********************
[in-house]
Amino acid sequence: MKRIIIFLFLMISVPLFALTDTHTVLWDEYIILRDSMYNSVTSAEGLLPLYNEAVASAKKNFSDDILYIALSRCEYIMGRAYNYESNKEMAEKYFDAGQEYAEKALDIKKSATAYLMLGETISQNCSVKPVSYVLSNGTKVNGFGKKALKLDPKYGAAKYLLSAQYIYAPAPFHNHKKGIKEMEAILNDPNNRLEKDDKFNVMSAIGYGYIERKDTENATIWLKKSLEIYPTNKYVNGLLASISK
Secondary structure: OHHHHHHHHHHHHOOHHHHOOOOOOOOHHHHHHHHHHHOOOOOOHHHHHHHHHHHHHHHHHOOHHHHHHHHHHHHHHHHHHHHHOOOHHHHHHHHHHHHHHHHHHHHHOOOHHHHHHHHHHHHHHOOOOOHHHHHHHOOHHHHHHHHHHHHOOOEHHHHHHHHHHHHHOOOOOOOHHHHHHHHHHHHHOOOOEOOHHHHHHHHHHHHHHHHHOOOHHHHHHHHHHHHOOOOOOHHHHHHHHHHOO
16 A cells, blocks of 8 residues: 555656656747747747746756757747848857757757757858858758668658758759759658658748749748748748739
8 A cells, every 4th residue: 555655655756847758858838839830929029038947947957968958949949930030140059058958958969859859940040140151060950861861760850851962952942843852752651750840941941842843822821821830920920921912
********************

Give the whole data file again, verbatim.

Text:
[in-house]
Amino acid sequence: MKRIIIFLFLMISVPLFALTDTHTVLWDEYIILRDSMYNSVTSAEGLLPLYNEAVASAKKNFSDDILYIALSRCEYIMGRAYNYESNKEMAEKYFDAGQEYAEKALDIKKSATAYLMLGETISQNCSVKPVSYVLSNGTKVNGFGKKALKLDPKYGAAKYLLSAQYIYAPAPFHNHKKGIKEMEAILNDPNNRLEKDDKFNVMSAIGYGYIERKDTENATIWLKKSLEIYPTNKYVNGLLASISK
Secondary structure: OHHHHHHHHHHHHOOHHHHOOOOOOOOHHHHHHHHHHHOOOOOOHHHHHHHHHHHHHHHHHOOHHHHHHHHHHHHHHHHHHHHHOOOHHHHHHHHHHHHHHHHHHHHHOOOHHHHHHHHHHHHHHOOOOOHHHHHHHOOHHHHHHHHHHHHOOOEHHHHHHHHHHHHHOOOOOOOHHHHHHHHHHHHHOOOOEOOHHHHHHHHHHHHHHHHHOOOHHHHHHHHHHHHOOOOOOHHHHHHHHHHOO
16 A cells, blocks of 8 residues: 555656656747747747746756757747848857757757757858858758668658758759759658658748749748748748739
8 A cells, every 4th residue: 555655655756847758858838839830929029038947947957968958949949930030140059058958958969859859940040140151060950861861760850851962952942843852752651750840941941842843822821821830920920921912